I ran across this interesting graphic in the Victoria Transport Policy Institute’s report titled “Valuing Transit Service Quality Improvements“, by Todd Alexander Litman (2007). From the Abstract:
This report investigates the value travelers place on qualitative factors such as comfort and convenience, and practical ways to incorporate these factors into travel time values for planning and project evaluation. Conventional evaluation practices generally assign the same time value regardless of travel conditions, and so undervalue comfort and convenience impacts. Yet, a quality improvement that reduces travel time unit costs by 20% provides benefits equivalent to an operational improvement that increases travel speeds by 20%. This report recommends specific travel time value adjustments to account for factors such as travel and waiting comfort, travel reliability, and real time transit vehicle arrival information. It describes how service quality improvements can increase transit ridership and reduce automobile travel.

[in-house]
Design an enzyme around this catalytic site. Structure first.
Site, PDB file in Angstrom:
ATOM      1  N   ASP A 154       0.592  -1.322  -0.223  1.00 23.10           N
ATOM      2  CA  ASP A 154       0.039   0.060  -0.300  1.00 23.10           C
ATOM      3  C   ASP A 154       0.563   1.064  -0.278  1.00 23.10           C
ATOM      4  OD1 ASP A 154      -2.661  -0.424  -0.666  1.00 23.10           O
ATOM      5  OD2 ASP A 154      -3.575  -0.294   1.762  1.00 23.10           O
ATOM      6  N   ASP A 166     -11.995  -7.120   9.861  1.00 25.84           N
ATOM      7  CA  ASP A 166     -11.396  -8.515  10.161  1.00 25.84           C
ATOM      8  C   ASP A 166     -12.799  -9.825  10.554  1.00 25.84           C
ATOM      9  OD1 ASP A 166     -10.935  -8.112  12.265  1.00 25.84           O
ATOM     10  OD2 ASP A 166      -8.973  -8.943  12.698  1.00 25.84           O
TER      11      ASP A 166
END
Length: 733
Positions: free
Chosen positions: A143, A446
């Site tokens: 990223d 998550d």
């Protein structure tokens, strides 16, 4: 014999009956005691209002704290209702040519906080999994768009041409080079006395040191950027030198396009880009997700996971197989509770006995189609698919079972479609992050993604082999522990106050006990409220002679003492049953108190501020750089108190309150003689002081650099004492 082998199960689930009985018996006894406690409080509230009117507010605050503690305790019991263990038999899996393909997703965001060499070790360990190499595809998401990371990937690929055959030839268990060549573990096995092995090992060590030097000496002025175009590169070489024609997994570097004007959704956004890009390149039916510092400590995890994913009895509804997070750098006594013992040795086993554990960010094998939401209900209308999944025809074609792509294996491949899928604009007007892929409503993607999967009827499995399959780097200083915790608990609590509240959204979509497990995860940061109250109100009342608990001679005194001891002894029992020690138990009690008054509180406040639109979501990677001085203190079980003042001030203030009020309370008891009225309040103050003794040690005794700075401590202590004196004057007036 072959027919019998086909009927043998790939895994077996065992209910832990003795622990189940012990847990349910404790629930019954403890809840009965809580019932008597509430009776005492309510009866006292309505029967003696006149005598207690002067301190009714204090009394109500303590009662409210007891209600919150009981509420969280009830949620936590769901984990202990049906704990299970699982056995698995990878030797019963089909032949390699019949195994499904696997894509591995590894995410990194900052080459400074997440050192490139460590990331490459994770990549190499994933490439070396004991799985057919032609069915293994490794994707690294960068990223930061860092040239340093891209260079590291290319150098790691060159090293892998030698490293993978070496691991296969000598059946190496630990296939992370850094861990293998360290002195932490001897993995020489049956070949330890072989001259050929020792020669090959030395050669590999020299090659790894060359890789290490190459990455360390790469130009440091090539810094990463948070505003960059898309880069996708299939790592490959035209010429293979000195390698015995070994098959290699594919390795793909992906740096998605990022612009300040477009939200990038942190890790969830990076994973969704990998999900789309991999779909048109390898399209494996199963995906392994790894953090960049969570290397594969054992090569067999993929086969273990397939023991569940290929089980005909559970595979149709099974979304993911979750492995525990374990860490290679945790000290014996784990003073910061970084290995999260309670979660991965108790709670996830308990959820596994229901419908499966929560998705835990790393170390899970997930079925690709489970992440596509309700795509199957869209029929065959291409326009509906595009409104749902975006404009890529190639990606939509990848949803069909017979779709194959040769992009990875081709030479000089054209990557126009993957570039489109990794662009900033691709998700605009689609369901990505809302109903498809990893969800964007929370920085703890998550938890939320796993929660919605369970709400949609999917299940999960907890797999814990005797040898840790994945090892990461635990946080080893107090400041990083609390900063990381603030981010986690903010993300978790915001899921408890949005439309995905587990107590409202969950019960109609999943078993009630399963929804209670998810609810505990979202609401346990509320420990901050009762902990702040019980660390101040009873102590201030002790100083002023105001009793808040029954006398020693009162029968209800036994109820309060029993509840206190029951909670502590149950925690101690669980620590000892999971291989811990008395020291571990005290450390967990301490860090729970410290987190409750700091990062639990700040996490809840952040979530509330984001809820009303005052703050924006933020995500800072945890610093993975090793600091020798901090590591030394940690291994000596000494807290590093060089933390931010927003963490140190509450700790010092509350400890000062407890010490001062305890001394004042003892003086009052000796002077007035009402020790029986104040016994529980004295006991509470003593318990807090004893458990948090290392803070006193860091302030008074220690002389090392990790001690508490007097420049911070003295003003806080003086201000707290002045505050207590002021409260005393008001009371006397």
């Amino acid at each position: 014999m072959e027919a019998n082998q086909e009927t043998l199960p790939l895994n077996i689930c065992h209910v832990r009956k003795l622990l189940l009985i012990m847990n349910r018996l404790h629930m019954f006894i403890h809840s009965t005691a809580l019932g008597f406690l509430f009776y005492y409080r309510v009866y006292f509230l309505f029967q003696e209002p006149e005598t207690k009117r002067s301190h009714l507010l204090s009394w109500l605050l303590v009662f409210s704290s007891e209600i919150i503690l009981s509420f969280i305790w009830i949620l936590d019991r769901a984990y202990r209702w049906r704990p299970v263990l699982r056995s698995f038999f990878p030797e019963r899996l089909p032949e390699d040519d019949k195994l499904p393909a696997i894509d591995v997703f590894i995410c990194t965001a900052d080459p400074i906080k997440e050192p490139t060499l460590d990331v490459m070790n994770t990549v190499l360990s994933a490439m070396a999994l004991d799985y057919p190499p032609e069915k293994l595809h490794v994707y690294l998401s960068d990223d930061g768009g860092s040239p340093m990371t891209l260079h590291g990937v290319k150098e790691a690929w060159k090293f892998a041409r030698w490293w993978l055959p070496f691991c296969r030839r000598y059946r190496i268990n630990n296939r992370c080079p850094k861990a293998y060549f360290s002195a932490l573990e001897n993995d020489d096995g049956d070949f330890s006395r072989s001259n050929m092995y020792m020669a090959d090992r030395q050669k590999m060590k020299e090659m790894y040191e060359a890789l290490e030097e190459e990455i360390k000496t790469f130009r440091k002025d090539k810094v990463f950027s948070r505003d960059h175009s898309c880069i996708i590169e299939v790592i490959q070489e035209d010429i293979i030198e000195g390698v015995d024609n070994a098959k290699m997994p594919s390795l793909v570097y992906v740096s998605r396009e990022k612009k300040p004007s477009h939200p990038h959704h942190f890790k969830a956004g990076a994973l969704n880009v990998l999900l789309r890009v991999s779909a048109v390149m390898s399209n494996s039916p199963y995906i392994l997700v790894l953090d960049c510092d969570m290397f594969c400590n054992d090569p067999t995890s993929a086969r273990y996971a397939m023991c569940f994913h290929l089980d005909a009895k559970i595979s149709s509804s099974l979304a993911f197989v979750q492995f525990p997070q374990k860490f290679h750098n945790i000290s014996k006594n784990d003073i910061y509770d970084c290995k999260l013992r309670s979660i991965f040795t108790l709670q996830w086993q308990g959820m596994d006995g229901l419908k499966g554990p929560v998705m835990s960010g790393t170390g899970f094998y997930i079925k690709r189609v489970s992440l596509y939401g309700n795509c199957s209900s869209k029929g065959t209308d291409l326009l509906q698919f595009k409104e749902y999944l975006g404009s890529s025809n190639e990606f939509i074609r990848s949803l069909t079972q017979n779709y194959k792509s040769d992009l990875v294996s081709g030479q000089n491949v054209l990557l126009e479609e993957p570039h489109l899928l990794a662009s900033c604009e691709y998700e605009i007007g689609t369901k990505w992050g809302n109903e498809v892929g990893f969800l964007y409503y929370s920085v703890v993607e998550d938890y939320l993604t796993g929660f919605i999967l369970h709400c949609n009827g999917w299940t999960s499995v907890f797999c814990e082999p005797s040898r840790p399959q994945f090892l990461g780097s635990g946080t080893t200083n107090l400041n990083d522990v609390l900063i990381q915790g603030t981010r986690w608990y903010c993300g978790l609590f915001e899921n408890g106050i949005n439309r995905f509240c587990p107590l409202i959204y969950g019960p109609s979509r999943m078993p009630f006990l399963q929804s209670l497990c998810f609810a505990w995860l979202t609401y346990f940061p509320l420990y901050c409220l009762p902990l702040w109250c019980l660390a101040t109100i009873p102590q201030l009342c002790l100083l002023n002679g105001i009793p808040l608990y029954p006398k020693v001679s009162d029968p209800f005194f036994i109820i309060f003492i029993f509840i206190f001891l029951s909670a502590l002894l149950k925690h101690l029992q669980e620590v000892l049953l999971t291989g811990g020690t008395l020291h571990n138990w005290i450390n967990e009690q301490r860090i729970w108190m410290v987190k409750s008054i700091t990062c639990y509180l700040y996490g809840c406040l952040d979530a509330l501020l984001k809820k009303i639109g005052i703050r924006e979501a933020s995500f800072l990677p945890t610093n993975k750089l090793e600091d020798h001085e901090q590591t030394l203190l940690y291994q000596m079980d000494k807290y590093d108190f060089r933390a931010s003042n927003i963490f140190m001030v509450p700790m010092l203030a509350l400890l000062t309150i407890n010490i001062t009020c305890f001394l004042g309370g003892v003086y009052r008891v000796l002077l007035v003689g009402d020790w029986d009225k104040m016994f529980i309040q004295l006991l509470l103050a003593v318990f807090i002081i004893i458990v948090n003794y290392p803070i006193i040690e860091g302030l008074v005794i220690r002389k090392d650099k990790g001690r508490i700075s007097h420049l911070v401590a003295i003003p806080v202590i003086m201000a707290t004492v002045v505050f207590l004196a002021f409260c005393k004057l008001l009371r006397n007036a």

The walking and cycling numbers really jumped out at me. The report is written for transit planners, so it naturally focuses on getting people out of cars and onto public transit, but I was surprised that the ped/bike numbers were virtually ignored in the document text. It would have been nice to see a column for Mixed (Cycling & Transit), my usual mode. It’s interesting that Automobile Only fared better than Transit Only, but the two combined fared the worst.
So what does all this mean? Ride your bike to work and be happy! :-)